Wednesday, January 7, 2009

Pizza Porridge, Please

So, I’m in the Netherlands, and I’m trying to learn Dutch. It’s not an easy language, but it does have those little threads of enchantment that keep you hanging on. One is the idioms. Dutch is rife with them. I often have to stop a conversation to say, “Okay, I was following you until the monkey came into it.” But then that’s because here when one says, “Kwam de aap toch uit de mouw,” (the monkey came out of the sleeve), they’re not talking about an actual monkey. They’re saying, “Ah, the truth has come out.”

Some of their idioms are similar to ours, and I can deduce their meaning easily. Het paard achter de wagen spannen. The horse stands behind the cart. While our sayings tend to be phrased as cautionary advice (we wag a finger and say, “Don’t put the cart before the horse”), the Dutch tend to simply observe that the horse is in the wrong place. And while we may know our own idioms, we rarely use them in daily speech. They’re things our grandmothers might say. Not so in Dutch, where idioms are an active part of the modern language.

Here are some of my other favorites:
Hij is met zijn neus in the boter gevallen. He fell with his nose in the butter. Meaning, he fell into the right place; he was lucky.

Zij zetten the bloemetjes biuten. They set the flowers out. Meaning, they’re partying.

Daar kun je naar fluiten! You can whistle after it. Meaning, it’s gone (often used about money).

Het staat als een paal boven water. It stands like a pole out of water. Meaning, it's obvious.

Daar lust ik wel pap van. I’d like to make porridge out of that. Meaning, I suppose, that something is so good you just want to mash it up and eat it.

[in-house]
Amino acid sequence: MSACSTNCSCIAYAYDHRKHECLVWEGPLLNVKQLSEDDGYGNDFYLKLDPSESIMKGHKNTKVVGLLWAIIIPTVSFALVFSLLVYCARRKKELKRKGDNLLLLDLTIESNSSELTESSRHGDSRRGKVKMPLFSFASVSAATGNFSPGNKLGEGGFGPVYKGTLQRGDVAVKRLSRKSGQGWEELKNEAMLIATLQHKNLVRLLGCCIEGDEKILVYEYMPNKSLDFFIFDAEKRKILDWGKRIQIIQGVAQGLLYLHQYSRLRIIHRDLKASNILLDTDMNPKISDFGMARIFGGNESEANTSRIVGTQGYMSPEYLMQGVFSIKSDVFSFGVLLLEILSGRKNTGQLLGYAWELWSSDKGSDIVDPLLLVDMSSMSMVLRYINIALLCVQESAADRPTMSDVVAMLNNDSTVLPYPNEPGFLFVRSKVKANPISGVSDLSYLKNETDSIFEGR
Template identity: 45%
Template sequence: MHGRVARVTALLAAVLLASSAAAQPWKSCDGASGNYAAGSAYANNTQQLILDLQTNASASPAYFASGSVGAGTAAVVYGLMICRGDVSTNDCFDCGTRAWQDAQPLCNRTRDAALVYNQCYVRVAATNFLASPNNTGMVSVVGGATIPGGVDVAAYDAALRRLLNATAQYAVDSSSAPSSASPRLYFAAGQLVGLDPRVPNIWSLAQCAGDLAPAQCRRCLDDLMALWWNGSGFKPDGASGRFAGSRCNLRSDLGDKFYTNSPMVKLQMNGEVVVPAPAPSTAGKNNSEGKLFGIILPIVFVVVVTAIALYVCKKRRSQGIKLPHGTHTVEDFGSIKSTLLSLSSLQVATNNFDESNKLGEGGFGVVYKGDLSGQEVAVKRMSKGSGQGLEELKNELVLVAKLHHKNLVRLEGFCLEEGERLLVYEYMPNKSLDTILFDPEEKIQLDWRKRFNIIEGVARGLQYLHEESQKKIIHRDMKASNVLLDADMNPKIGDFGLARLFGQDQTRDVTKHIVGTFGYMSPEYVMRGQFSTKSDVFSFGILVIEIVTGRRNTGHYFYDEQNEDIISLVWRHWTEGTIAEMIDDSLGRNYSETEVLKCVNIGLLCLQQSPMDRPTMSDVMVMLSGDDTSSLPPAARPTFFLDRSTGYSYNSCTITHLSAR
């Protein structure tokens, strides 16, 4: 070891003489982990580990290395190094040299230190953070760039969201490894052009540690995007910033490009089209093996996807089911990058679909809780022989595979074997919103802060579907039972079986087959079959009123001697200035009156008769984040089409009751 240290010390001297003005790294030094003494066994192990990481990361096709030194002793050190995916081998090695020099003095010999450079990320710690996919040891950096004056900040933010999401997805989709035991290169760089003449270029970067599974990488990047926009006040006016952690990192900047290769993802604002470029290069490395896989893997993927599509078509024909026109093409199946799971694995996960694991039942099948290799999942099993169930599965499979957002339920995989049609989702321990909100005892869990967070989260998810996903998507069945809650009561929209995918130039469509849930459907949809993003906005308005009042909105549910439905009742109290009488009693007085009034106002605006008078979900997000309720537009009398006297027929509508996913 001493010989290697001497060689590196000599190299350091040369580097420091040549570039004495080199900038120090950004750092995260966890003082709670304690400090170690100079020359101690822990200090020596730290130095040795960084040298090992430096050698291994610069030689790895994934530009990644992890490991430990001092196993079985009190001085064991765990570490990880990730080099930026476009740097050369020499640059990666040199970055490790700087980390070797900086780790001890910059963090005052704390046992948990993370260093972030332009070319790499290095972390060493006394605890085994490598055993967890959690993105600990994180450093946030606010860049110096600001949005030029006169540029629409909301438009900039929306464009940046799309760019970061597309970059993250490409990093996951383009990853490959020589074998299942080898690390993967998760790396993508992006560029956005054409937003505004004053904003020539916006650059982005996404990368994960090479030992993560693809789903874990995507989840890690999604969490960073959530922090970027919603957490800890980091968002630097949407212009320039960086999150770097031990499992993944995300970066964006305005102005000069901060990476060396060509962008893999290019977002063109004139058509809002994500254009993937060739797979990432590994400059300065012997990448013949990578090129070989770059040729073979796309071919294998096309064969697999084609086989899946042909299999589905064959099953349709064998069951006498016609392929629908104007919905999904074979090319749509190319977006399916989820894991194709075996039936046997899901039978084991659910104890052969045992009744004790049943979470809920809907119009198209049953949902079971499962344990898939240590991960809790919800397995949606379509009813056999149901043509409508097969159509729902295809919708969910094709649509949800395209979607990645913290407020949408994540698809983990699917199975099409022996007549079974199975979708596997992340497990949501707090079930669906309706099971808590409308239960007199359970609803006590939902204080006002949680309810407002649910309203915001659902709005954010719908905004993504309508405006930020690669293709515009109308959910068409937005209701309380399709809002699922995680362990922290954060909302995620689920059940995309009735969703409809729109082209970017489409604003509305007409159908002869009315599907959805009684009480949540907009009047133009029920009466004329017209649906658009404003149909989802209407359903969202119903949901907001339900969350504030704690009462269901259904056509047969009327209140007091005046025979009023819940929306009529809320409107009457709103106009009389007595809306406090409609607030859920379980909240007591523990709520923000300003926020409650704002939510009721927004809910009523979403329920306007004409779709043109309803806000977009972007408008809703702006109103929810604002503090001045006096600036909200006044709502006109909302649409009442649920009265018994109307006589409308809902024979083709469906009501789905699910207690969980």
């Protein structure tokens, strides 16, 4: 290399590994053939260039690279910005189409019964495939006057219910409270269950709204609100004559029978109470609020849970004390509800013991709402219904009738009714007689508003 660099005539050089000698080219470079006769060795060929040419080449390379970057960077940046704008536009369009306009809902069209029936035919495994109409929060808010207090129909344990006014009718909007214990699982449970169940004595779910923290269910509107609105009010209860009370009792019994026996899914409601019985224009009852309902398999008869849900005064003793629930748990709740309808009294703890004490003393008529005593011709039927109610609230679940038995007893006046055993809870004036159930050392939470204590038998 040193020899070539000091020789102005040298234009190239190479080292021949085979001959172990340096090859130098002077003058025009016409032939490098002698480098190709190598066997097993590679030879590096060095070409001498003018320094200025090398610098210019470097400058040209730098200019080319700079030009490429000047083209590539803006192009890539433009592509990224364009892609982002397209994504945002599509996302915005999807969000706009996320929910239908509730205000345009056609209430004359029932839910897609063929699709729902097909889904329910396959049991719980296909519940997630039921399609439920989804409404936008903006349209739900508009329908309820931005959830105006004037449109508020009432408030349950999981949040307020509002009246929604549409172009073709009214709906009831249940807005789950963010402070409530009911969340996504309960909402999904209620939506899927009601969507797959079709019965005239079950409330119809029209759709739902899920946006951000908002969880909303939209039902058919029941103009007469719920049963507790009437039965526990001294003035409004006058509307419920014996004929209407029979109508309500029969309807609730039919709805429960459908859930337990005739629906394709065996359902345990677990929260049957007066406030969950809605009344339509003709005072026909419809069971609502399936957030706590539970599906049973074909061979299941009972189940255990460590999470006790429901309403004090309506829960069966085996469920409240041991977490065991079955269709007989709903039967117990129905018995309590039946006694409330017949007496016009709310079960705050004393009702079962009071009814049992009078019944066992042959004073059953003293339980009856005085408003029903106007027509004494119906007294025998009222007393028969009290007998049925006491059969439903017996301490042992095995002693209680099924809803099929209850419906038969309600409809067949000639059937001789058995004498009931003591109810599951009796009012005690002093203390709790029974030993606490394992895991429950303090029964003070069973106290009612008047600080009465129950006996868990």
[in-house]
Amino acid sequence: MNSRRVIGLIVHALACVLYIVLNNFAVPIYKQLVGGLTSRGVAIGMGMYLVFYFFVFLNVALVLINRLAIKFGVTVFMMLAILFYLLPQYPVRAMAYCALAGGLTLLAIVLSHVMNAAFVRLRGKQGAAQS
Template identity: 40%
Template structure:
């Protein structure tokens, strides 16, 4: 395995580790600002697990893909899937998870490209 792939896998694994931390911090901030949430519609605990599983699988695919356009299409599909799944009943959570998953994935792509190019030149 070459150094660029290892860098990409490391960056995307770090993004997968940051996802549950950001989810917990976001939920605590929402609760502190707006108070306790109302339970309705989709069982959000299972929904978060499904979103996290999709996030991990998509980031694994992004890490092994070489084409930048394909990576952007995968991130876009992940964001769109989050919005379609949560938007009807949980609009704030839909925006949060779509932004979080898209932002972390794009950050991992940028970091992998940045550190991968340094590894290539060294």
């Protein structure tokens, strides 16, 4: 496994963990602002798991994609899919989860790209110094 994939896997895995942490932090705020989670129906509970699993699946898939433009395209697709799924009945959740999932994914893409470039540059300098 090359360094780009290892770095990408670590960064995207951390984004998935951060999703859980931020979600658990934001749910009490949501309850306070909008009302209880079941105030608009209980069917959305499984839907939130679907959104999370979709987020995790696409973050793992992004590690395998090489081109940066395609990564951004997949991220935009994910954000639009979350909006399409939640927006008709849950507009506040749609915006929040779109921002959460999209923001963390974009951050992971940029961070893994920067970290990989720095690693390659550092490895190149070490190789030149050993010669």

I asked my husband, “So can you say that about anything you really like?”

“Yeah,” he said, “you could say that about pizza if it was really good.”

“Yuck, pizza porridge.”

"It's an expression," says my husband. "Nobody thinks about what it literally means."

Except us foreigners, that is, who keep wondering how these Dutch can eat such disgusting porridge and why so many people are pleased to have butter on their noses.


Michelle said...

My mom teaches English as a second language to adults, and I've thought about idioms and odd words in our language too. I went with her once to a county fair on a field trip, and looking around the food stalls, I wondered what the foreigners thought. "You did talk to them about the food, right?" I asked. She hadn't. I wondered about all those students befuddled about chili dogs, elephant ears and cotton candy.

Sarah said...

I loved this post, Lisa! You learn so much about a culture from its idioms. I was in the Curry library last year and saw a book about idioms of American Sign Language. I so wanted to get it, but it was in Reference and I had to run.

I should look that up...

Alison said...

Which brings me back to my friend Lars the exchange student from Sweden. Someone called him Babycakes and he started calling her Adult Pie.

Funny how we can't see in our own language that which is confusing and makes no sense to others.

I think that is true for culture in general, we can pick on and judge other people's customs and religions etc because we are seeign it as an outsider. We don't see those things in our culture.

We should at least try to understand how it could be that someone from another culture would see it differently. And therefore remember that there is always more than one way to look at something, even if we don't see that at first.

I guess in the Netherlands they have butter on their noses while here in the USA we have bloody noses from having our noses to the grindstone....

Alison said...

I am a volunteer reader for Recording for the Blind and Dyslexic.

I never know what I will be asked to read.

Recently I was reading a book of American customs written for new immigrants to the USA. Wow, it was interesting to see what is normal or obvious to us written as if it is a strange custom somene needs to be counselled about.

For example, you can be early for a doctor's appointment but not late. You can be late to a party but not early. Etc.